Born in New Delhi, India, and growing up in a traditional, spiritual family, Ram Jain has come a long way from being an underpaid, migrant labourer in the Netherlands to now leading two ashrams training thousands of teachers every year
What’s the one thing OM readers need to know about you?
When I was younger, I wanted to become a great teacher and have my own renowned school. But even when I was working very hard, I was not getting anywhere. I wasn’t very confident — I would shiver if I had to speak in front of people! Plus, I could only speak two words in English: yes and no.
At the school where I was working, I was a second assistant, whose only job was to be a silent demonstrator at the front. And even though I was working seven days a week from 8am to 9pm, I wasn’t getting anywhere. I wasn’t earning enough to either support my family or pay my own bills. I was living in frustration and negativity.
What first inspired you to get into yoga?
Then I met my teacher and mentor, who showed me that I was suffering from ‘excusitis’ (the disease of making excuses) and ‘complainitis’ (the disease of complaining). He taught me that to change my life, I first had to cure myself of these diseases and start taking responsibility for my situation. Over the next five years, he taught me and trained me to become a good teacher.
In 2007, I went to the Netherlands. At first, I couldn’t find a job as a yoga teacher because I could not speak Dutch. So, for a year or so, I worked as a labourer in factories and warehouses, loading and unloading trucks. I was living in a tiny room with no furniture, riding a broken old bicycle and eating the cheapest bread and cheese, which tasted like plastic.
I needed to do something different. At that moment, something changed inside me. I decided to start giving my own yoga classes because that is what I wanted to do in life. So, I worked in the weekdays in the factory and at weekends I started to give classes at a closed school building which I could rent for €5 per hour. I began with three students in 2008 and, by god’s grace, now have two beautiful yoga ashrams spread over 17 acres and four acres of land, where we train over 500 teachers a year. Three years ago, we started our online academy which now provides trainings to over 3,000 students every year.
The most important thing that I have learned and that I try to pass on to my students is that if you take responsibility for your situation and don’t give up on your dreams you will finally make it regardless of the difficulties.
How would you describe your teaching style?
I went to a traditional Vedic school for my formal education. Discipline was of paramount importance. I was taught to trust the teacher completely and work hard so that the teacher can get the best out of me. I learnt that as a teacher it is our role to see the hidden potential in the student. This background reflects in my teaching style. When teaching, I am firm and strict while I gently try to push the students beyond their comfort zone. In my philosophy classes I use stories to explain the concepts and make the class engaging. I was brought up in a spiritual Jain family where yoga (not just the asanas) is a way of life. In my primary school, I had a teacher who was very kind and impressive in his behaviour and practice. He inspired me to take yoga seriously.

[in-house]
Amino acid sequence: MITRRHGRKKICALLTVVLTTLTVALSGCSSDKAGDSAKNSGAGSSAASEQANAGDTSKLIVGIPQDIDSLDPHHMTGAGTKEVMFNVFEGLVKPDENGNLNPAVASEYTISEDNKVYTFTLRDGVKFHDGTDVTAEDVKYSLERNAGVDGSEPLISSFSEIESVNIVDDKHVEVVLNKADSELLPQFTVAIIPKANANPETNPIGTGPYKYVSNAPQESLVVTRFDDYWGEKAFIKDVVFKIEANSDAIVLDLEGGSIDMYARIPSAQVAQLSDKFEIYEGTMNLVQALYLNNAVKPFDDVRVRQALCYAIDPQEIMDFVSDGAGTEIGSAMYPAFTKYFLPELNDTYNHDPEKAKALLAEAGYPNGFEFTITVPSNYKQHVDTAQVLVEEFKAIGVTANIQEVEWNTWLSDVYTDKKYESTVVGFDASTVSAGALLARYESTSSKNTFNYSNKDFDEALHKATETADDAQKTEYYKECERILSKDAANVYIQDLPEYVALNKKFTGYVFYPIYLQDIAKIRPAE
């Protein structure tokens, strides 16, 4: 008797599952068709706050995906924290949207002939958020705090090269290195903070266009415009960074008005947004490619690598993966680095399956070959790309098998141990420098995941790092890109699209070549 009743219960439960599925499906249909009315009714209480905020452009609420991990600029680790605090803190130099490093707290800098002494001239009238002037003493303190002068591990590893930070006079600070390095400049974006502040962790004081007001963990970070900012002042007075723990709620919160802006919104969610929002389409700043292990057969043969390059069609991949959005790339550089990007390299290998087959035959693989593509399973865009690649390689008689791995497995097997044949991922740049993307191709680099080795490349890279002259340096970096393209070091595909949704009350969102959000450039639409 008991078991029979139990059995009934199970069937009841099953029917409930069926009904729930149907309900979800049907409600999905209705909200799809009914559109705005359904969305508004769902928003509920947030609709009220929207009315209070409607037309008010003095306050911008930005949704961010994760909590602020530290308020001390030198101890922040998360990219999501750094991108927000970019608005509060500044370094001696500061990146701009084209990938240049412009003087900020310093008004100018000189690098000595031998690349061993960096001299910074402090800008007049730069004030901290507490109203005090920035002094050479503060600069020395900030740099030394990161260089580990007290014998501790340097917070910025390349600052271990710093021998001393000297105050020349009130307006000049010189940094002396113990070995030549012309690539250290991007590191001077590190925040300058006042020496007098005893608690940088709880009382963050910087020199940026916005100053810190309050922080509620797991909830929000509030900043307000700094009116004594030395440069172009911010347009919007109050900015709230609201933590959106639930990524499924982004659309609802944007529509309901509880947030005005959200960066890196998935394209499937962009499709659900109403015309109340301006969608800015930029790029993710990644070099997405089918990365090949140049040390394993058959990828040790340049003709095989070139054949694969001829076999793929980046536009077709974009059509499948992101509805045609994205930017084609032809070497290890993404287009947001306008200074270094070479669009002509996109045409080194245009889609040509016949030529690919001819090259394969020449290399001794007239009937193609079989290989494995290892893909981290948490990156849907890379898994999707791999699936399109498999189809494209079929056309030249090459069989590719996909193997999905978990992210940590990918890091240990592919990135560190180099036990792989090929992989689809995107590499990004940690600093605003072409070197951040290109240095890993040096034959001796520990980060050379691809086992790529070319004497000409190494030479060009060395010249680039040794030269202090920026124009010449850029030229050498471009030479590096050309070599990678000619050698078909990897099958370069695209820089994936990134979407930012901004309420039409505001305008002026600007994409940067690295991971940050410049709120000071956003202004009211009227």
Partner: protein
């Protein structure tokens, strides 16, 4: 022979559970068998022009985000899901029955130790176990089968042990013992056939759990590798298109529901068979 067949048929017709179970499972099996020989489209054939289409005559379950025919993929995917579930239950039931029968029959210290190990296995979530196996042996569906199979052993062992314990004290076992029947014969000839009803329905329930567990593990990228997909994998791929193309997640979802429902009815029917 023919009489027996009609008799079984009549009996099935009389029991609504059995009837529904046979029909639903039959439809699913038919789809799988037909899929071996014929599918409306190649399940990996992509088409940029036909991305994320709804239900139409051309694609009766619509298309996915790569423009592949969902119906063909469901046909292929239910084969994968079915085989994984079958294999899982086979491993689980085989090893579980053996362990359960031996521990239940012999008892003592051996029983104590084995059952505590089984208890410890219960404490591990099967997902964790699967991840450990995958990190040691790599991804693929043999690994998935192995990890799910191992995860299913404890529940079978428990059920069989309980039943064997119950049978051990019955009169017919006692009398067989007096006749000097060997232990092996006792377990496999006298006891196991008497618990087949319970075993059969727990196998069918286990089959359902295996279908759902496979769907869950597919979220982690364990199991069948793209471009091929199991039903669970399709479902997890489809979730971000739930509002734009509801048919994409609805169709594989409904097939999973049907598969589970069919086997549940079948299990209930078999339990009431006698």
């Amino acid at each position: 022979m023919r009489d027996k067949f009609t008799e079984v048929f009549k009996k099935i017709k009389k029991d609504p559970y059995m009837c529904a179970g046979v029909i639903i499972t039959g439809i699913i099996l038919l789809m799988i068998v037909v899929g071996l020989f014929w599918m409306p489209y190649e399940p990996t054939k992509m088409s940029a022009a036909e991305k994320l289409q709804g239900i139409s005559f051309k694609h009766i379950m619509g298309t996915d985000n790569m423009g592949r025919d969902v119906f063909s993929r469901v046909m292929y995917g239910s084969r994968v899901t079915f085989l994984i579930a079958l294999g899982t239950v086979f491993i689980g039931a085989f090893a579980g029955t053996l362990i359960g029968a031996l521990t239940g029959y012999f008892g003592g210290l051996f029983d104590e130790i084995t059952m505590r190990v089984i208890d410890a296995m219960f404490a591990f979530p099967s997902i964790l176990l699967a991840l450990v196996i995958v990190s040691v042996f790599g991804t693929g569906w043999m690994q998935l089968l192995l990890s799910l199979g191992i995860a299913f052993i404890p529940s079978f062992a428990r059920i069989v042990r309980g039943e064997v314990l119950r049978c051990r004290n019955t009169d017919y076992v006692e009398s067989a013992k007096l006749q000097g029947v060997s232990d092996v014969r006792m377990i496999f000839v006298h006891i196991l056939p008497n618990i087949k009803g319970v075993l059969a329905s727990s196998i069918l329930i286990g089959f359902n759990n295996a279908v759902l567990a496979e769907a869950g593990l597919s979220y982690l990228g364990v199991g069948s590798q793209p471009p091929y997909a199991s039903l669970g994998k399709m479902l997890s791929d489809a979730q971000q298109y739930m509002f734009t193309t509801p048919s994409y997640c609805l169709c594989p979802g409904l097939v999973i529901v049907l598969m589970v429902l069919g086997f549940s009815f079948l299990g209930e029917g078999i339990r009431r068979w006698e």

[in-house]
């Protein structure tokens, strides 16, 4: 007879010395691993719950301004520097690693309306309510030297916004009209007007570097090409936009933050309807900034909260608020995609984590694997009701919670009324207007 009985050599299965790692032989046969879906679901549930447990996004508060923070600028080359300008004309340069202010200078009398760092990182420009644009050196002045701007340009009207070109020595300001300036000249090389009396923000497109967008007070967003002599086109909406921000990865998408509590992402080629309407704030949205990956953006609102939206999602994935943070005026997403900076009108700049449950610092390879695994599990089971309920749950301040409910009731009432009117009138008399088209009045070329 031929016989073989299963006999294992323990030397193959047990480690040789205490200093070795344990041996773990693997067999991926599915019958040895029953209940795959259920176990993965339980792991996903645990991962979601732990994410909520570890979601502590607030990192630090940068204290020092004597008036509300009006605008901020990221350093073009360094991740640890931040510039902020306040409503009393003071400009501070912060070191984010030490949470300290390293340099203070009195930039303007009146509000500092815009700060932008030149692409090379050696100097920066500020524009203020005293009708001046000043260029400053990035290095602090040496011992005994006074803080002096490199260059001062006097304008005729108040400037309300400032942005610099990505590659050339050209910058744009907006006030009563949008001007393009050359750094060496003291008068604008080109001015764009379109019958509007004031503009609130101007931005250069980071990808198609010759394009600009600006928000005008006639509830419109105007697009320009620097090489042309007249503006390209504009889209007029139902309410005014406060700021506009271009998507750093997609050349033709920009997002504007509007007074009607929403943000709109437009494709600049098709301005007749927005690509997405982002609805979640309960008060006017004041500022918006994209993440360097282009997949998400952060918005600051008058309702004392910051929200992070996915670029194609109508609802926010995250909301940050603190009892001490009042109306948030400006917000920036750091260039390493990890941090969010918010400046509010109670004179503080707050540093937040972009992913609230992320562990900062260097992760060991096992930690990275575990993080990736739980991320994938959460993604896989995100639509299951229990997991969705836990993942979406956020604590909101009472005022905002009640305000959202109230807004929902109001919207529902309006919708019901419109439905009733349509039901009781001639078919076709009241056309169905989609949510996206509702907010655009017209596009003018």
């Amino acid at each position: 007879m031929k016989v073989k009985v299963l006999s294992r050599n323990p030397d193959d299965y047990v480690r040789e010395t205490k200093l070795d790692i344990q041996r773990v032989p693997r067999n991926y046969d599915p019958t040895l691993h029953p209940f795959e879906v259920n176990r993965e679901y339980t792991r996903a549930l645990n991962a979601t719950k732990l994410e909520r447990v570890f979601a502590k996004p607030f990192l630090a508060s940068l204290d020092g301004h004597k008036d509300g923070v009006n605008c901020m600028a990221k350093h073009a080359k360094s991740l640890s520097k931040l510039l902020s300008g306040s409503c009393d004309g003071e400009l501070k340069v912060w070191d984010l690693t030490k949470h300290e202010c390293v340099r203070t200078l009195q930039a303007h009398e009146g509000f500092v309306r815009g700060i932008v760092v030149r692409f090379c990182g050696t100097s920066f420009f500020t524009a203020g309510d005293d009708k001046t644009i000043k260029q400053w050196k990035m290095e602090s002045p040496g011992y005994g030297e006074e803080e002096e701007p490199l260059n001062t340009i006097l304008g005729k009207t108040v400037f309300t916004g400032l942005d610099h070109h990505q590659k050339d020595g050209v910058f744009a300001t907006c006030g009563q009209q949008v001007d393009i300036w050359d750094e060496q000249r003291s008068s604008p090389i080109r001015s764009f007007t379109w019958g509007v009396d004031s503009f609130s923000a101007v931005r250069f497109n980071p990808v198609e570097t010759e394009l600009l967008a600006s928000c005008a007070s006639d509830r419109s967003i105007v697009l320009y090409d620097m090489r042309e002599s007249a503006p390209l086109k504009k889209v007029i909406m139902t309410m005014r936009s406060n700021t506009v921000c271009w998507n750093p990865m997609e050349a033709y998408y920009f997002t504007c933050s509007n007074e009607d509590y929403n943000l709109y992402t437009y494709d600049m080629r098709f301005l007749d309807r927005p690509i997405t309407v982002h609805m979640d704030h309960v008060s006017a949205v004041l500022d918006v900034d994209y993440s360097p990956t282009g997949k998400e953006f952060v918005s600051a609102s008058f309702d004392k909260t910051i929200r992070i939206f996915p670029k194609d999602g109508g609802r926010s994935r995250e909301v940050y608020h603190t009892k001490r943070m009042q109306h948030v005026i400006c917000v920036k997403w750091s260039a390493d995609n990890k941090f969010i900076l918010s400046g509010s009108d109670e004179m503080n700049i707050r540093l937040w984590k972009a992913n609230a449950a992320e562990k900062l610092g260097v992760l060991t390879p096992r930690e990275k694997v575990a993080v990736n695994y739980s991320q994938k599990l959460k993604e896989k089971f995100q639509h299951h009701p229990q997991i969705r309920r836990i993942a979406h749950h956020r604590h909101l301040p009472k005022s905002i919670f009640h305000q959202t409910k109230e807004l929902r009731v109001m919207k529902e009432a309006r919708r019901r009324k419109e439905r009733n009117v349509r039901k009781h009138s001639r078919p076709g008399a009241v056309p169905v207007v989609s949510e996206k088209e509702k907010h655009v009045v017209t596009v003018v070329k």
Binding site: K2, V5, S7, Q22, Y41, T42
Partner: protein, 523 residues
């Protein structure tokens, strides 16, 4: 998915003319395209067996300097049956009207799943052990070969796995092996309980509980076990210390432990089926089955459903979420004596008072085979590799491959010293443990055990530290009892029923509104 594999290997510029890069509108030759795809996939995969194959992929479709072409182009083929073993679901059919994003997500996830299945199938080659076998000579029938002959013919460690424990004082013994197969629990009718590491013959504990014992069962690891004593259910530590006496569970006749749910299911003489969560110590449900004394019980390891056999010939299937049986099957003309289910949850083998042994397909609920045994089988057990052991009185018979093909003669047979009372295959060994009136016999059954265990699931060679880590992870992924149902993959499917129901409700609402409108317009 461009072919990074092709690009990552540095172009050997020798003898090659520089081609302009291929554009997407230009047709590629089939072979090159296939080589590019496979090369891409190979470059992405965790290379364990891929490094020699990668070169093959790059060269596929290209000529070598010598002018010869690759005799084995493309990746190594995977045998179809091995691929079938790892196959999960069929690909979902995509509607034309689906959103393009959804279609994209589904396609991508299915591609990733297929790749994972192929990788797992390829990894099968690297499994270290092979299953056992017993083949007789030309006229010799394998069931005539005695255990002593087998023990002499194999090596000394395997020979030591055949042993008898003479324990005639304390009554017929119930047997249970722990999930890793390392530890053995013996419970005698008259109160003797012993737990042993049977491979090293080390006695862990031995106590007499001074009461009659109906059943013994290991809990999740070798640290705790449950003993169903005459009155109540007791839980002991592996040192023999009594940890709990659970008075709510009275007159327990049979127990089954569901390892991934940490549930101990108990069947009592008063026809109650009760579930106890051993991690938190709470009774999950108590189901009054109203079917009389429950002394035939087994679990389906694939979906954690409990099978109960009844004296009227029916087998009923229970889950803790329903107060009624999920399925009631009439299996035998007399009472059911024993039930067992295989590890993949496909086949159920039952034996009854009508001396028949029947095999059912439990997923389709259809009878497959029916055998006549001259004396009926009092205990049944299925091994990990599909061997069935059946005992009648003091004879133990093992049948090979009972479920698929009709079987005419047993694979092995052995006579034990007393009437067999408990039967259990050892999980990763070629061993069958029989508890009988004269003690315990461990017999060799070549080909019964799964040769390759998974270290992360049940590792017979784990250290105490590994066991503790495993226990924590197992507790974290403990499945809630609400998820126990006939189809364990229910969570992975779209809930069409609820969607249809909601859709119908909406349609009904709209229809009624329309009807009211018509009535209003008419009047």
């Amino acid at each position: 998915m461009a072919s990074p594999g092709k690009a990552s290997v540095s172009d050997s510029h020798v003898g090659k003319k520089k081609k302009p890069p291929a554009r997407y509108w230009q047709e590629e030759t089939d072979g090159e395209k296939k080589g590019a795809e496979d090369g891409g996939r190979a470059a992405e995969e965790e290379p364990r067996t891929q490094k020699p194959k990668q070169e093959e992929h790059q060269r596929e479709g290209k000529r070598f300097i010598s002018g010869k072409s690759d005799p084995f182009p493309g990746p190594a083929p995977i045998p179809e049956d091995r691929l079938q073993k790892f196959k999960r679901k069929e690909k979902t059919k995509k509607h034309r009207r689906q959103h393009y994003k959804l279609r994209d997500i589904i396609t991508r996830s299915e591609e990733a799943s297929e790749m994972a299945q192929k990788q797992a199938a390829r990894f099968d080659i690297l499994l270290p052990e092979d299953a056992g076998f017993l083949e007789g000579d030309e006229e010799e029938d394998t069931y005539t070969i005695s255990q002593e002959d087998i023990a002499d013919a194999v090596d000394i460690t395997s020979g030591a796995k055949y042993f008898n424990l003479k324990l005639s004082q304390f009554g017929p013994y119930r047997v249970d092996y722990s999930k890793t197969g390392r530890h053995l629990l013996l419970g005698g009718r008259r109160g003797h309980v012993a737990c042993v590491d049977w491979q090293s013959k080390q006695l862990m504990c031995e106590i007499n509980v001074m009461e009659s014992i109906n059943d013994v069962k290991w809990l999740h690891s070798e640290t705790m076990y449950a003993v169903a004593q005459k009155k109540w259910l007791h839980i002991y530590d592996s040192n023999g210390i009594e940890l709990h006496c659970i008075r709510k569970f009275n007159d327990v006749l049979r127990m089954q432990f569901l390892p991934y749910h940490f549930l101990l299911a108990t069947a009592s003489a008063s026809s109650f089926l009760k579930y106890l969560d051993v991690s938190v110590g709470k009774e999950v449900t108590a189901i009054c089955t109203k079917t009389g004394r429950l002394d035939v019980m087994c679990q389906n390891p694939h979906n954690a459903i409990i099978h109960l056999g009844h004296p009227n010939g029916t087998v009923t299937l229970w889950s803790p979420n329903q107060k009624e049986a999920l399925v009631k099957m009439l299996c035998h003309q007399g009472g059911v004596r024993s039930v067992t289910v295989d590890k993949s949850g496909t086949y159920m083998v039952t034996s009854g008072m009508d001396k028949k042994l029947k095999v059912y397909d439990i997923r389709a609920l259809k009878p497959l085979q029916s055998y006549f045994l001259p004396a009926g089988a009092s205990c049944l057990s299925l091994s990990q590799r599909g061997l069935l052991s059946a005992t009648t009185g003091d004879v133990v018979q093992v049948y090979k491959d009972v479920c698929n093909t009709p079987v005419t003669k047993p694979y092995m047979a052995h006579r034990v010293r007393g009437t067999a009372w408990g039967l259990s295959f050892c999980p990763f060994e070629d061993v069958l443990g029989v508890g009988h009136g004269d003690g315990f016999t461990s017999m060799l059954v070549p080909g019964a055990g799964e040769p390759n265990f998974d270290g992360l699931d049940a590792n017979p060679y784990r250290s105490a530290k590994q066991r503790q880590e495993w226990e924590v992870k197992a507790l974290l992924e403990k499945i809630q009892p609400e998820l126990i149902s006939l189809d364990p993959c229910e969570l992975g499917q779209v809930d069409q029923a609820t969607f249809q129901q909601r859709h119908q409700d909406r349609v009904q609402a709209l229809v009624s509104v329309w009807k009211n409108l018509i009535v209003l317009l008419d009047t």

What does yoga mean to you personally?
For me, yoga is not just asanas but a way to connect with myself and the universe. Yoga is my connection with reality. It is my way to remember ‘Who am I’, and not get carried away with the temporary identities like my name, titles etc. Yoga brings balance in my life. It helps me to know the difference between right and wrong. It helps me to feel grounded and not get shaken by the ups and downs of daily life.
How have you navigated the challenges of the last year?
The past year has been challenging with no physical courses at our ashrams. Fortunately, we already had an online academy with a loyal community, so we used the time to create more useful courses for them.
Our plan for the next few months is to bring more courses to our community from expert guest teachers in the field of yoga, anatomy, neurology and ayurveda, among others.
Any good life hacks for the rest of us?
There are four seasons in life, like the seasons of nature. Winter is the time to rest and prepare, Spring is the time to plant and initiate. Summer is the time to protect and nurture. Fall is the time to harvest. So, like in the winter the farmer rests and prepares for the spring, he sharpens his tools, fixes the fences so when the spring comes, he is ready to start.
Similarly, this Covid-19 pandemic is a winter in our life, it is the time to rest and prepare. It is the time to learn new skills and develop yourselves personally. Then, after the pandemic you are ready for the new opportunities.
Ram Jain is the founding director of the Arhanta Yoga Ashrams in India and the Netherlands, training yoga teachers from all over the world.
Find out more at: arhantayoga.org
Quick Q & A
Favourite yoga book?
Favourite yoga quote?
True yoga is not about the shape of your body but the shape of your life.
Go-to health drink?
Fresh spinach-kiwi-ginger smoothie
If you had to take a yoga class, as a student, with any teacher ever, from any time or place, who would it be with and why?
Swami Sivananda, because he taught not just asana, but yoga with all its dimensions.
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